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So... I've been playing a lot of the video game Subnautica lately, which put me in the mood for a "trying to cope with being marooned on an alien planet" sort of story; however, there's something in the game that's made me wonder about the logistics of a particular problem.

At one point in the game, you don a Radiation Suit and return to the crashed remains of your former spaceship in order to contain the radiation leak from when the FTL Drive Core blew up post-crash and keep it from spreading any further; while you're there, you discover that some parts of the ship are still surprisingly intact, including some of the crew quarters, and you can scavenge and collect various items for use in your own "base camp", including components for new technologies. In addition, you can also collect various decorative items that presumably belonged to the ship's late Crew Members, such as a model spaceship and a large plush toy.

This inspired me to include a scene of someone attempting similar containment of radiation from a crashed vessel discovering that some items belonging to a fellow officer's children- who survived the crash and who are now obviously feeling distressed and afraid back at the group's temporary shelter- and decides to bring the toys back to camp with them to return some sense of normalcy to the children's lives. However, given their close proximity to a large and presumably nuclear explosion and the continued leakage of radioactivity into the surrounding ocean, could something like a plastic model ship or a soft cloth toy be safely cleansed of radiation?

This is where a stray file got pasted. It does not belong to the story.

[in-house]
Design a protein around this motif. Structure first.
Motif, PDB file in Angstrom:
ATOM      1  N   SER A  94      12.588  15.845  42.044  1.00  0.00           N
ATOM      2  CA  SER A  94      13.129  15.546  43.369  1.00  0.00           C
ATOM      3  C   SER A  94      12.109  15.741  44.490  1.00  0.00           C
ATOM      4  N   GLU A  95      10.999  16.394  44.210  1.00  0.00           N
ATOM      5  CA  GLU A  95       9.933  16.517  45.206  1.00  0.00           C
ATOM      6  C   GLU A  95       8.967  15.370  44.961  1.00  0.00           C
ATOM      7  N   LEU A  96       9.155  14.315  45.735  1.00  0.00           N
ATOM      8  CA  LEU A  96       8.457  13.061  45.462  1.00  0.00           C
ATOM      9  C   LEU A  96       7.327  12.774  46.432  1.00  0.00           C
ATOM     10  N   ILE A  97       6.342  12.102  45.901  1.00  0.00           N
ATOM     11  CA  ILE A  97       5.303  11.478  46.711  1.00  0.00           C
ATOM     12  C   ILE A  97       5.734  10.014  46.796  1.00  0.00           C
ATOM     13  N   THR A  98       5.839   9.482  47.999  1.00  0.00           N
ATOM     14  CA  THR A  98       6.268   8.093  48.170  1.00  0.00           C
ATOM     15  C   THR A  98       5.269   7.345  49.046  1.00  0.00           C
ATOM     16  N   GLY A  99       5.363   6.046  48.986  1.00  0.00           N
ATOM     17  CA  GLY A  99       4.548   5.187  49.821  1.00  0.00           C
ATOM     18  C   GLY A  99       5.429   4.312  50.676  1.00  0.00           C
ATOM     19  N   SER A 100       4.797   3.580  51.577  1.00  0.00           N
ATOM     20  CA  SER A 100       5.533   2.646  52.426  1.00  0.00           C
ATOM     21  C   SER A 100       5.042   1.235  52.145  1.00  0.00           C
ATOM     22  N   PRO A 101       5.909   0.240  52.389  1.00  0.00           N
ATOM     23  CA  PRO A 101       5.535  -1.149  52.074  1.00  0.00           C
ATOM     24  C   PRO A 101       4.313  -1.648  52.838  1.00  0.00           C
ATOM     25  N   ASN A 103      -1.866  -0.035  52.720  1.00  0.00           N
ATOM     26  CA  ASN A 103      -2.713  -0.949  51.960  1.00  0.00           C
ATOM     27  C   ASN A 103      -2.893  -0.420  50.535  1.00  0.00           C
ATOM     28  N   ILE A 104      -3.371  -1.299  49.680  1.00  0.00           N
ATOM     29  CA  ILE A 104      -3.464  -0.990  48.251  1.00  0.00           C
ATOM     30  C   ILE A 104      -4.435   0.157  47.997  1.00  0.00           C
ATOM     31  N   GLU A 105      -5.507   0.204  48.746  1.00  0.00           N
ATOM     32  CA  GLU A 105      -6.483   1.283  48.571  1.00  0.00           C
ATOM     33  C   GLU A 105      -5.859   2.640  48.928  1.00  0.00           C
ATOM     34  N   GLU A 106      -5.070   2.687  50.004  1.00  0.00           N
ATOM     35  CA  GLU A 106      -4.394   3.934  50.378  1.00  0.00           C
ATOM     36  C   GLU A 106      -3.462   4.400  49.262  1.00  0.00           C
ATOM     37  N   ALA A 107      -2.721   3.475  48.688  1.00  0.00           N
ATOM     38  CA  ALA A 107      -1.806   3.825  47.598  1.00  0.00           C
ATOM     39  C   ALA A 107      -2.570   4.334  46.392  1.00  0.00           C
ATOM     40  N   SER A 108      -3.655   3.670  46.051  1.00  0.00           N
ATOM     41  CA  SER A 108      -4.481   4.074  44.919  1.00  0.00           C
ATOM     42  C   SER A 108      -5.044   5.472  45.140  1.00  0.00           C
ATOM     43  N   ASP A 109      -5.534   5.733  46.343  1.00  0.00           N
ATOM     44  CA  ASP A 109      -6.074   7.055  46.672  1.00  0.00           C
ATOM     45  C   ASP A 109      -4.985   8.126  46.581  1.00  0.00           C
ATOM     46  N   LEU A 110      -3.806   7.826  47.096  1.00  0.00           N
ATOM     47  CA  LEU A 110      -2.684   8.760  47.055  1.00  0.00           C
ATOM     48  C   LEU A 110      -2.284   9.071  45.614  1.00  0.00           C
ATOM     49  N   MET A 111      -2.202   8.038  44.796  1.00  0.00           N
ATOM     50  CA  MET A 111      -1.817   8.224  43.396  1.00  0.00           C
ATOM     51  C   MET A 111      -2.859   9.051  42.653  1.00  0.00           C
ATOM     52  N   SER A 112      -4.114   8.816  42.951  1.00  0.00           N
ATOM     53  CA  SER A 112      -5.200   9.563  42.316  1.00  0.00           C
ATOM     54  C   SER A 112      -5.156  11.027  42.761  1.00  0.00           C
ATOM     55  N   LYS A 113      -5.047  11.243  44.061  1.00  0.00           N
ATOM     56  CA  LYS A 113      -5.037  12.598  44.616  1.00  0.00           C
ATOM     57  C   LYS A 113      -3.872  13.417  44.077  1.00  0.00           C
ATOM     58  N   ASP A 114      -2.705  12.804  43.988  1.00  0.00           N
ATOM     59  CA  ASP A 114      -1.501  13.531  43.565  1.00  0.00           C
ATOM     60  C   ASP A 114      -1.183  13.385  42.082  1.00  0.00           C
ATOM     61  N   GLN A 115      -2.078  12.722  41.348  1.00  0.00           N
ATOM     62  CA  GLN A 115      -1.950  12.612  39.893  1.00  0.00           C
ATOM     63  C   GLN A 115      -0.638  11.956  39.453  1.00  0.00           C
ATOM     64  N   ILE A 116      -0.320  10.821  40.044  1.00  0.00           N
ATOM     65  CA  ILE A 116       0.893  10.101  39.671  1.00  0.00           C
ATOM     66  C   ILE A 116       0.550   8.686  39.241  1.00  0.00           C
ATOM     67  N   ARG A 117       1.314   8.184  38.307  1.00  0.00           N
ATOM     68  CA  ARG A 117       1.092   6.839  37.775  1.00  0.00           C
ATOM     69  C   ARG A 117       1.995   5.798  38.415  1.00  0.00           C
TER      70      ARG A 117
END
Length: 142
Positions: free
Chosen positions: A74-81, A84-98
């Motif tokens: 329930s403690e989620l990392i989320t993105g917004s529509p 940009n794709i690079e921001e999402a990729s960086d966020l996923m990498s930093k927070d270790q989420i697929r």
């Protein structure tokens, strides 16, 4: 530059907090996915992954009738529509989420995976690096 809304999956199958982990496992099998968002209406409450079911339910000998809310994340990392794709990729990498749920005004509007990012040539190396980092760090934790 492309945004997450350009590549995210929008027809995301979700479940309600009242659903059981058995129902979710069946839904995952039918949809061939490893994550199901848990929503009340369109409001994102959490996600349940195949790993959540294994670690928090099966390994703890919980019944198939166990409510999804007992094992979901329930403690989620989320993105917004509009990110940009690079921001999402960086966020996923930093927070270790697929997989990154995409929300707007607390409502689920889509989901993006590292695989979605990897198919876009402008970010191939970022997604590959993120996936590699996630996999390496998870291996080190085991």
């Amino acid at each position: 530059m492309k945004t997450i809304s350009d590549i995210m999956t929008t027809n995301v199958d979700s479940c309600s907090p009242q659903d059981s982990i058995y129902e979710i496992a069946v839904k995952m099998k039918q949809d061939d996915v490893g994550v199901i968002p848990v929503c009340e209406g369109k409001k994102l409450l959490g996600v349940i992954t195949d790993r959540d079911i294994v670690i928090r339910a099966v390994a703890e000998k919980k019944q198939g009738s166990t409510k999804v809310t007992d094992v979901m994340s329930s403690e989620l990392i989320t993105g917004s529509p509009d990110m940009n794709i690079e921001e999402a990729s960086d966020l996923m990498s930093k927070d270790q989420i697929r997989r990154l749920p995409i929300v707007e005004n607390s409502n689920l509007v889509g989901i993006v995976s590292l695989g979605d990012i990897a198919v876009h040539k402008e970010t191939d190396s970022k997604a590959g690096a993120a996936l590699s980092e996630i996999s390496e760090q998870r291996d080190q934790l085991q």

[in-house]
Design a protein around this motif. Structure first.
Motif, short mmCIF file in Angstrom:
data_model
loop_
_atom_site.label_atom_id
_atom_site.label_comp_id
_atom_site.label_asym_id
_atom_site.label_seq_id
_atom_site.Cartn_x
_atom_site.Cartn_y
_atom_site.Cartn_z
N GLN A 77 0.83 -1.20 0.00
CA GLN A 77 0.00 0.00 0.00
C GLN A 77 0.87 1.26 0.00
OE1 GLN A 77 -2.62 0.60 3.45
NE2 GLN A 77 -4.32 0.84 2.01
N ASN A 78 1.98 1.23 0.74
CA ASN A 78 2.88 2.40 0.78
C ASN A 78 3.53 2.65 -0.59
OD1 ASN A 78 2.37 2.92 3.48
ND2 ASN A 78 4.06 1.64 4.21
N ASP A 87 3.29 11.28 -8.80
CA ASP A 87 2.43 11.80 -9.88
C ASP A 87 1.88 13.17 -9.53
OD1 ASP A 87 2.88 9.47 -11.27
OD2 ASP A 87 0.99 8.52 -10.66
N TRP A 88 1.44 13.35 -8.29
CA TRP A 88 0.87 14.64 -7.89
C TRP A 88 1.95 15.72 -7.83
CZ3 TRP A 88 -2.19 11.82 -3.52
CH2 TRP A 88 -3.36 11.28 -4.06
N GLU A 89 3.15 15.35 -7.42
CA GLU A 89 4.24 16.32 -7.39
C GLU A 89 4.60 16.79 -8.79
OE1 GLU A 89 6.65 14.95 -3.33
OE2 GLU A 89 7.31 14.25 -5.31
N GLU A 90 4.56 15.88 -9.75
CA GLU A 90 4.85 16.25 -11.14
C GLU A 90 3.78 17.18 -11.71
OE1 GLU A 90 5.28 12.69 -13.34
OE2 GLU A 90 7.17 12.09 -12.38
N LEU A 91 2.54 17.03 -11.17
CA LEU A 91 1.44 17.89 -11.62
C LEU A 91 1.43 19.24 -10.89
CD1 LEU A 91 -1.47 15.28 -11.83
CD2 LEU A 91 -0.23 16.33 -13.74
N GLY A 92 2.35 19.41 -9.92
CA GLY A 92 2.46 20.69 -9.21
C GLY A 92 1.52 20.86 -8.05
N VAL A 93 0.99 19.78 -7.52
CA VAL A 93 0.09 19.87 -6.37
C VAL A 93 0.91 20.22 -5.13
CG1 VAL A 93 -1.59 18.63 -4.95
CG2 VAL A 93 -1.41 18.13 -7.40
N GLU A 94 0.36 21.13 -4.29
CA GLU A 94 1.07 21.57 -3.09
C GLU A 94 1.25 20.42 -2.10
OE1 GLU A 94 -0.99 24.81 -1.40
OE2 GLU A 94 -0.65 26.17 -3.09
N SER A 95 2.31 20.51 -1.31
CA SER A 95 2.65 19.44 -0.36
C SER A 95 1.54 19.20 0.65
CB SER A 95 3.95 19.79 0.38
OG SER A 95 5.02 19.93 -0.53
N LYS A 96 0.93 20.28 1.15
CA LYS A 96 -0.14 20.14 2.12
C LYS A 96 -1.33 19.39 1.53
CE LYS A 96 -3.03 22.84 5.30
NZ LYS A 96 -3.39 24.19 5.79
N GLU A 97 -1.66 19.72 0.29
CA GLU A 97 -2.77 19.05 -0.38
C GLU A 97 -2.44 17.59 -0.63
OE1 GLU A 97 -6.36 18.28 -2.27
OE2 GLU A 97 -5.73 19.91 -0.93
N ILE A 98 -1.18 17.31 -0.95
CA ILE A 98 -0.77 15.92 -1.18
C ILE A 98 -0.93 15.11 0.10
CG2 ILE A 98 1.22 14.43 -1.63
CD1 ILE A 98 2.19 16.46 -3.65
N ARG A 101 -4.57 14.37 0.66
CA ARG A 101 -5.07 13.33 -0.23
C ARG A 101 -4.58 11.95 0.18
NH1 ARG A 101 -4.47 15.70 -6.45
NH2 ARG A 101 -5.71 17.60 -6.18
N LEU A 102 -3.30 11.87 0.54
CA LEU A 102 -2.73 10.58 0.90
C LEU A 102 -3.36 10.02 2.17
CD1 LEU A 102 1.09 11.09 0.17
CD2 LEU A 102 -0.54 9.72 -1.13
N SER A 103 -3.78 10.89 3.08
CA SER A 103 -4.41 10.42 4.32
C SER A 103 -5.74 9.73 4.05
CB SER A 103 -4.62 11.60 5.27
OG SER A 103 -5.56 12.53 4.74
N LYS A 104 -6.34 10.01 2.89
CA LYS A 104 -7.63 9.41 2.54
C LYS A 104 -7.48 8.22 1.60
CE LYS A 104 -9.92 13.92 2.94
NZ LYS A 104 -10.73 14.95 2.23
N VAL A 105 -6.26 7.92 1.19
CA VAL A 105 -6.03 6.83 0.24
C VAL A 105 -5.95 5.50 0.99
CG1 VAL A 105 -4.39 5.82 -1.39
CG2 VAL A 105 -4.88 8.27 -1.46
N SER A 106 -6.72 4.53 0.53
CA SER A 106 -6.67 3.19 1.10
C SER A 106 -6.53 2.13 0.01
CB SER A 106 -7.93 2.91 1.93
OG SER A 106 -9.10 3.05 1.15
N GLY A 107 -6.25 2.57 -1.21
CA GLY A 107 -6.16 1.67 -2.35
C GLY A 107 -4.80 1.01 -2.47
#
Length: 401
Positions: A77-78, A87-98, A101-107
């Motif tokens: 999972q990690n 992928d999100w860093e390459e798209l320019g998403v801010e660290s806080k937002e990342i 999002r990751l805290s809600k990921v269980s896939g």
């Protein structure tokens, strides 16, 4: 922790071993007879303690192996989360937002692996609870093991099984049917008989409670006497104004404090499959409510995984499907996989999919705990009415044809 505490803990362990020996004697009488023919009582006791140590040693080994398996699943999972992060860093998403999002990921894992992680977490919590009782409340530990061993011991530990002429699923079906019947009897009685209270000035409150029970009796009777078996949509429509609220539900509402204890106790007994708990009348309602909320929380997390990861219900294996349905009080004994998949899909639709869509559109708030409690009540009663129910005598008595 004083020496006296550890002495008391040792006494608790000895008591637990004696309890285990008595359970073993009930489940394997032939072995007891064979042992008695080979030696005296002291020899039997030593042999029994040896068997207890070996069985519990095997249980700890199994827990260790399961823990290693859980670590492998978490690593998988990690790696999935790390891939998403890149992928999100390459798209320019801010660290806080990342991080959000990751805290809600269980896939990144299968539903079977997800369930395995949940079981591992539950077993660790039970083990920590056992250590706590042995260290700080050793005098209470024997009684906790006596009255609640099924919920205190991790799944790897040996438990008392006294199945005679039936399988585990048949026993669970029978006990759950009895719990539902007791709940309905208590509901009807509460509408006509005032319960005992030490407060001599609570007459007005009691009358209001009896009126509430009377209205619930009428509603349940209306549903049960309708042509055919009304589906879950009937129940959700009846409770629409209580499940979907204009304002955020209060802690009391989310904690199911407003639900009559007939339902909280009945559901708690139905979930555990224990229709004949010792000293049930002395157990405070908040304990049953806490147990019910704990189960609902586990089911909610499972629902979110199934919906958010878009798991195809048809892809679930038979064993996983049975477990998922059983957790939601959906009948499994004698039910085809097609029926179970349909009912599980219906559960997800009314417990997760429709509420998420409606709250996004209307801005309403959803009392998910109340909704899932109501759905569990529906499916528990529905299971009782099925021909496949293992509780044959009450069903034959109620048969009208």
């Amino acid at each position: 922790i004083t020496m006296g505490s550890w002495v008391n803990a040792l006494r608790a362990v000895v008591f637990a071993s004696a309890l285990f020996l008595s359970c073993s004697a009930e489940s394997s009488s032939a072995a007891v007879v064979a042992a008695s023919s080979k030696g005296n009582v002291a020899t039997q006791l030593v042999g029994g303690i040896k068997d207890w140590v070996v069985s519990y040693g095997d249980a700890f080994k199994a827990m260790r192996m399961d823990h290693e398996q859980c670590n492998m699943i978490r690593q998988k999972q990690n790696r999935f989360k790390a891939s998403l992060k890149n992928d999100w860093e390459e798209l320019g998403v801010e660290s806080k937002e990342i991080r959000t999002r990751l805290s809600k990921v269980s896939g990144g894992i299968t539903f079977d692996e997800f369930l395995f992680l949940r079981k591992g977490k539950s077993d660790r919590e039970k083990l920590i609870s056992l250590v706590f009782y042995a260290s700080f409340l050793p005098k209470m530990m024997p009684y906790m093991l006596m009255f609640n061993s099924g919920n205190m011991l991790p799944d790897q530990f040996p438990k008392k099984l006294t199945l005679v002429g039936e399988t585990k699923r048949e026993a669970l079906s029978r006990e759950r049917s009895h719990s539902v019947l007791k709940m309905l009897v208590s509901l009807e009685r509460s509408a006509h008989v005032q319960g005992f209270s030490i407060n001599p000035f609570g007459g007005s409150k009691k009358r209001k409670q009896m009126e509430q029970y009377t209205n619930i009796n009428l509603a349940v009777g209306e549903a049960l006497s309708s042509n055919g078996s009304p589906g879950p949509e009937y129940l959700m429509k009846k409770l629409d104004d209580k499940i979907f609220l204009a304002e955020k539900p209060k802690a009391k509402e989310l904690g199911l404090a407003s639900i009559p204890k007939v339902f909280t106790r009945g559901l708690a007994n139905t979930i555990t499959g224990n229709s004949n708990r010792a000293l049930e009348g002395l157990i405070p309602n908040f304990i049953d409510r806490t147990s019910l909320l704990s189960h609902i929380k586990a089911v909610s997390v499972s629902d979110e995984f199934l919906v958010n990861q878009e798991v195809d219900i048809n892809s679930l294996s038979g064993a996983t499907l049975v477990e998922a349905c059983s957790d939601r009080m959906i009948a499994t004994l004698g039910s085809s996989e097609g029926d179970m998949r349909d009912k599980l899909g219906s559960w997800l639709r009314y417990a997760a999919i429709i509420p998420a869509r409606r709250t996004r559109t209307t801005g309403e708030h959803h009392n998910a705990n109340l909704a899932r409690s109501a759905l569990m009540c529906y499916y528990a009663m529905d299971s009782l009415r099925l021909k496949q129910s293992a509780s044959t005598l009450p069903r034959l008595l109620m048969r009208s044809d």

Some details about the explosion that might be useful:

  • Here’s some Footage of the actual Explosion and the description your PDA gives you, I’m not 100% sure if anyone can discern anything from this but I thought I’d include it anyway: https://youtu.be/rIlxEJG5whU

  • The ship seems to use a lot of Titanium, according to some flavor text on one of the equipment pieces

  • The crash took place on an ocean planet, and so the remainder of the ship was partially submerged in a large body of water (I think I remember learning something about Water affecting the spread of Radiation differently than air? Please correct me if I'm wrong about that)... For purposes of making this easier, let's say our marooned group ALSO crashed their ship into a sizable body of water

  • The actual compromised "Drive Core" was underwater, while the portion of the ship where the relatively intact crew quarters were was still above water and, if I remember correctly, positioned a few floors up and at the opposite end of the wreckage, so the objects in question likely never came into contact with any material leaking from the drive core post-explosion, if that matters? The crew quarters also still seemed to be sealed for the most part